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Following my recent posts on CVAs and related articles (one and two), as well as the recent Insolvency Service CVA reform proposals, it is interesting to note that JJB Sports has managed to agree a CVA with its creditors. A number of news agencies are reporting on the issue. Here is the BBC's take on things:
"Troubled retailer JJB Sports has secured a vital deal that could save it from administration.
JJB's landlords and creditors have voted for a company voluntary agreement (CVA) that could secure the company's future, along with almost 12,000 jobs.
The deal could settle debts on 140 closed stores and allow the retailer to pay monthly, instead of quarterly, rent on its remaining 250 stores.
JJB has struggled to survive as sales have slumped during the recession.
"We are delighted by the result of the meetings and the overwhelming support given to the company by our creditors, with every creditor present at the meeting supporting us," said Sir David Jones, executive chairman of JJB.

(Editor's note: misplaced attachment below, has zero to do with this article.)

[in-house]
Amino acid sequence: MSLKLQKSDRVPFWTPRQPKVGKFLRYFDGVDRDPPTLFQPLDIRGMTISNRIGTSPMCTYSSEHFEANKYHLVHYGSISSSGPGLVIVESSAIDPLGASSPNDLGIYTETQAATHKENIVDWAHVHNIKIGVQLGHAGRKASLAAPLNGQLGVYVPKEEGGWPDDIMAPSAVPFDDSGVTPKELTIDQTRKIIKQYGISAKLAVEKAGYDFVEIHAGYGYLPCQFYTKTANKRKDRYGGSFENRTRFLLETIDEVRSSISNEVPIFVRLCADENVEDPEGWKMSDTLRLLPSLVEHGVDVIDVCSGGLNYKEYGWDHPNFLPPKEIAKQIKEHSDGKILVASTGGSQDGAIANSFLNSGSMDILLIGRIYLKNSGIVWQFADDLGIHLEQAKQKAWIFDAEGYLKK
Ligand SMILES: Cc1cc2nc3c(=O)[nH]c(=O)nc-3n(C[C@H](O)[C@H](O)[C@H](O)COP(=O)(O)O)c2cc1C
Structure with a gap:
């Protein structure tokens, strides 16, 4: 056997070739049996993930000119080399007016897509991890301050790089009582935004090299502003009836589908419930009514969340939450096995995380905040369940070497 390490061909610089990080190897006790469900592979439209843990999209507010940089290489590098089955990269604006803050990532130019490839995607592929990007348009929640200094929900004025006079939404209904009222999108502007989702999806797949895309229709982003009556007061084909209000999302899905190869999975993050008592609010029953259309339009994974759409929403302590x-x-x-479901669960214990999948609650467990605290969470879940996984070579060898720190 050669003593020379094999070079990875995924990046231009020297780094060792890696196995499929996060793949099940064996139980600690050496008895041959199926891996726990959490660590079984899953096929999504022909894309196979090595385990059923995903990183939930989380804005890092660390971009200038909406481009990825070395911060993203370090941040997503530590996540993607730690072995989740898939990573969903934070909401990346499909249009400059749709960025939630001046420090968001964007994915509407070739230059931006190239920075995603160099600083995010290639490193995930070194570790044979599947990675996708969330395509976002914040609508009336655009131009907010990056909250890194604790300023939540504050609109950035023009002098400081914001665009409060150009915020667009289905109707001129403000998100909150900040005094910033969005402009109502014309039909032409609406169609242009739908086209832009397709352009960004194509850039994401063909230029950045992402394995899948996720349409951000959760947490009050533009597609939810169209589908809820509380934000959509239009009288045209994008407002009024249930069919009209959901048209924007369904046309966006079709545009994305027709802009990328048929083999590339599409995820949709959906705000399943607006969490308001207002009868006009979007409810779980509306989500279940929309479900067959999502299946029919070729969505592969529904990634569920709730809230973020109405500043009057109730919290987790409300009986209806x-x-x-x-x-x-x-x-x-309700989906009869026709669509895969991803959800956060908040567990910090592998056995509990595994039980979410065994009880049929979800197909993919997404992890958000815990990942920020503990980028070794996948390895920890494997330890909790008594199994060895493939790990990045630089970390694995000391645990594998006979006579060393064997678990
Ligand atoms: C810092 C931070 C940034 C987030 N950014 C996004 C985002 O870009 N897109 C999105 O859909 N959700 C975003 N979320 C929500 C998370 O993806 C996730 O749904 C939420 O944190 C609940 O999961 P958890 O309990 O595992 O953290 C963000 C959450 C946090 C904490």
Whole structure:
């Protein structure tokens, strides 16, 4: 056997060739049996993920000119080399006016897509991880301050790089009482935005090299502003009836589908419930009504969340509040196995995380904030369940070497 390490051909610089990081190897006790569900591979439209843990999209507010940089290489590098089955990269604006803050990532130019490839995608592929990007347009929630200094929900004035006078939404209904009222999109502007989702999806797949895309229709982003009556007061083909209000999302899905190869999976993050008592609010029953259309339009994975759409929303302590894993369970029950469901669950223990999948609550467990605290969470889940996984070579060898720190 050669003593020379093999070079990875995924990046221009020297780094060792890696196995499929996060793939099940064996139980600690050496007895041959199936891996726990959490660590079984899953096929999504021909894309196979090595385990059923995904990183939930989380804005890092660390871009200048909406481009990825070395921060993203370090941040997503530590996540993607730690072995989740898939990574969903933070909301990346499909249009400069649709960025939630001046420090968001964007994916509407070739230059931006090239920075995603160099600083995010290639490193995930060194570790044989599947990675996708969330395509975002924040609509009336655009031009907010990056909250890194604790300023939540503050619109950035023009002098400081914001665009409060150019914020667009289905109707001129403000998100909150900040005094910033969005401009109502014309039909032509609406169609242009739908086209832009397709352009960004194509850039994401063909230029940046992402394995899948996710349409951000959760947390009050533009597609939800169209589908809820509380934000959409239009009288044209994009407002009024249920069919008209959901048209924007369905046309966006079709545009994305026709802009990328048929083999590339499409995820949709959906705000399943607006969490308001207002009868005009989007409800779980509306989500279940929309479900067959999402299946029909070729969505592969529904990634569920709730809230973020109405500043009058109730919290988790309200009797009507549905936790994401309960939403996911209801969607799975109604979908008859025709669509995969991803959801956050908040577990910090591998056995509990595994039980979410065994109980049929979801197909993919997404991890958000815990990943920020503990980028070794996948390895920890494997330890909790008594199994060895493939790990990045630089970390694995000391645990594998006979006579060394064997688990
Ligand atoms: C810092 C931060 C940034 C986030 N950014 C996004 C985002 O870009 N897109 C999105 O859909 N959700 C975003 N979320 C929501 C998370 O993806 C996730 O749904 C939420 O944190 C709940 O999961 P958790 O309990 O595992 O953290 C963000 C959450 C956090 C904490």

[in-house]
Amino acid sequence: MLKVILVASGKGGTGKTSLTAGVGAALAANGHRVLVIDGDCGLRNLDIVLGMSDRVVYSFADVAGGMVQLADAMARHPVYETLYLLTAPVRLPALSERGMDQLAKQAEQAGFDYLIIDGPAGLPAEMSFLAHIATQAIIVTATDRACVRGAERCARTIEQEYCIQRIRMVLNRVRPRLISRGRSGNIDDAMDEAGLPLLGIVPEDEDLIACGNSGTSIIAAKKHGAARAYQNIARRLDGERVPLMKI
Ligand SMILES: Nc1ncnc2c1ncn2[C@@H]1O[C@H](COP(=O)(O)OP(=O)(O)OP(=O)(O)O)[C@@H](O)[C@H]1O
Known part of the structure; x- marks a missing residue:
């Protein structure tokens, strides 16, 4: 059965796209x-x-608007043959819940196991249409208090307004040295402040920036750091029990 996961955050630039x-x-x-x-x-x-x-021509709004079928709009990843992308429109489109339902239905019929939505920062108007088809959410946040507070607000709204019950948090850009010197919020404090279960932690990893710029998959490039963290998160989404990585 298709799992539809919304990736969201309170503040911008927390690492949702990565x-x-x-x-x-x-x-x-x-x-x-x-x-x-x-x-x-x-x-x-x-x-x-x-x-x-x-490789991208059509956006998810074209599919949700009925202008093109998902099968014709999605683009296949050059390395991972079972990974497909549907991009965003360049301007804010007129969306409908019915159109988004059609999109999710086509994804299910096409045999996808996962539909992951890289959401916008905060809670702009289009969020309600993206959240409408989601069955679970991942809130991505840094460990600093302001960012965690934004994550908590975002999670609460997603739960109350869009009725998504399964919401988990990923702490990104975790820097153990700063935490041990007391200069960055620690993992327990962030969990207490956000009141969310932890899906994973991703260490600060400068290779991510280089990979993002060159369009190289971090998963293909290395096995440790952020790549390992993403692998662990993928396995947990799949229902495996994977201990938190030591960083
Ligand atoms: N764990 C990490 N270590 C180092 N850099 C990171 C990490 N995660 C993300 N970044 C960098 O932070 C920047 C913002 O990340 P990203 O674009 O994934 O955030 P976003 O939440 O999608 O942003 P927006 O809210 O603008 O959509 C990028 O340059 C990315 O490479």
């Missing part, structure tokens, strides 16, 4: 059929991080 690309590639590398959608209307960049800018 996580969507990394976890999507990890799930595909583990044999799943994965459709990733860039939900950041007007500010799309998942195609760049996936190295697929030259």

"The approval of the CVA proposal by creditors is a major step forward in... [securing] JJB's long term future," he added.
The CVA will now be lodged with the courts and, if there is no successful challenge, is expected to become effective at the end of May.
The agreement means that JJB will not have to repay much of the debt owed on its closed stores.
It also means that rent becomes due monthly instead of quarterly, which will help the company's cashflow.
JJB had already been granted an extension on loan repayments by its creditors but a longer term solution was needed in order to save the company.
Faced with losing most of their money if JJB went into administration, creditors had little choice but to agree to the deal.
They include Barclays, HBOS and Kaupthing banks.
"Today's CVA agreement is ground-breaking and shows that an innovative approach to tackling the problems faced by many companies in the harsh economic climate can ensure the company continues to trade," said Richard Fleming at KPMG.
The company placed two of its subsidiaries - Original Shoe Company and Qube - into administration earlier this year and was forced to sell its gym business in March in order to raise cash."
"This is the ultimate statement of where the law on IVAs is to be found in our great common law...